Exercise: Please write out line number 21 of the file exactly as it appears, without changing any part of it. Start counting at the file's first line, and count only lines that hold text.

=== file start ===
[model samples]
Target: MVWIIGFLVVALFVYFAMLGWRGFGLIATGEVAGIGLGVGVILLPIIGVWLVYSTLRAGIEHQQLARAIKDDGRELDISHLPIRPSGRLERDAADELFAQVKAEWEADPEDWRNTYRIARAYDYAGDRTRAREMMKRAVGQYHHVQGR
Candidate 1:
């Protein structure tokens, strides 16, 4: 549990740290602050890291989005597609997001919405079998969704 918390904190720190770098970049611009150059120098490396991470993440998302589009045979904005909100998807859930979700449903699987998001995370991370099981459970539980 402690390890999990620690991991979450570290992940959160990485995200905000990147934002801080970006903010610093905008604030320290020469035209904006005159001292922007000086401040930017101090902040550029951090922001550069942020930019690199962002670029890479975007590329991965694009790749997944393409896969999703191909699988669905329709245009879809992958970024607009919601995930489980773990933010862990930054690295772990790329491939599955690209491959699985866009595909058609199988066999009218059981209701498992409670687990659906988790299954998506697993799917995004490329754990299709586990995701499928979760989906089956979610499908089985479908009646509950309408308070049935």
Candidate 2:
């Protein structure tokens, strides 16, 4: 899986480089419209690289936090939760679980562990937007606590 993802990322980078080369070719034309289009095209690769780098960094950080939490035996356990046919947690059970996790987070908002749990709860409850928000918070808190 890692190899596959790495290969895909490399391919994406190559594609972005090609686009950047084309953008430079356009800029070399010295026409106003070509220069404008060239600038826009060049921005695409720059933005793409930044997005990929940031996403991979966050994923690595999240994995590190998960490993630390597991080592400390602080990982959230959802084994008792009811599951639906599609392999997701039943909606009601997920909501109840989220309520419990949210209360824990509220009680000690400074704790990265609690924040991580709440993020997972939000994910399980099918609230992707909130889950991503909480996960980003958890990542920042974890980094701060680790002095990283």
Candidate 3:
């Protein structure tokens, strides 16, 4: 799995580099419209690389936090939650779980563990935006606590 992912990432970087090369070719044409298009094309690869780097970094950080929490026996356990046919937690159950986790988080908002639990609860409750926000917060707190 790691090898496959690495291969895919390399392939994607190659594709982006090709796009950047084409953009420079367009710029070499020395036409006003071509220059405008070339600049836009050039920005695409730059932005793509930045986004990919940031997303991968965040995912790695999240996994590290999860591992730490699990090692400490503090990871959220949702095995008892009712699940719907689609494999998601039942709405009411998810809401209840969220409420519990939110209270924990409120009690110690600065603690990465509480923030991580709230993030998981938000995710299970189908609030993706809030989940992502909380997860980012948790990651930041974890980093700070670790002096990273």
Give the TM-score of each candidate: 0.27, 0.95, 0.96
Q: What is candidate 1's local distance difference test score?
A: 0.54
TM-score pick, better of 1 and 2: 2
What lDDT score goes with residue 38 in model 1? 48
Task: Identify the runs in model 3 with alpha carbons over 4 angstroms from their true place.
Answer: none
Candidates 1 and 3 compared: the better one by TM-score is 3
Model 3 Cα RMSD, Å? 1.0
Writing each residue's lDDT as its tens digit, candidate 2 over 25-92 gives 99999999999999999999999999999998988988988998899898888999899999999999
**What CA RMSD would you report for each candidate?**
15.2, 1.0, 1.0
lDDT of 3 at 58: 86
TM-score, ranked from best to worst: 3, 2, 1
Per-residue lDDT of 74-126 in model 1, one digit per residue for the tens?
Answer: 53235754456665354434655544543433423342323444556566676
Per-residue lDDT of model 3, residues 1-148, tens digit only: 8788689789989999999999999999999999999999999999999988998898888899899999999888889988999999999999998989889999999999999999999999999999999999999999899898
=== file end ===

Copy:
lDDT of 3 at 58: 86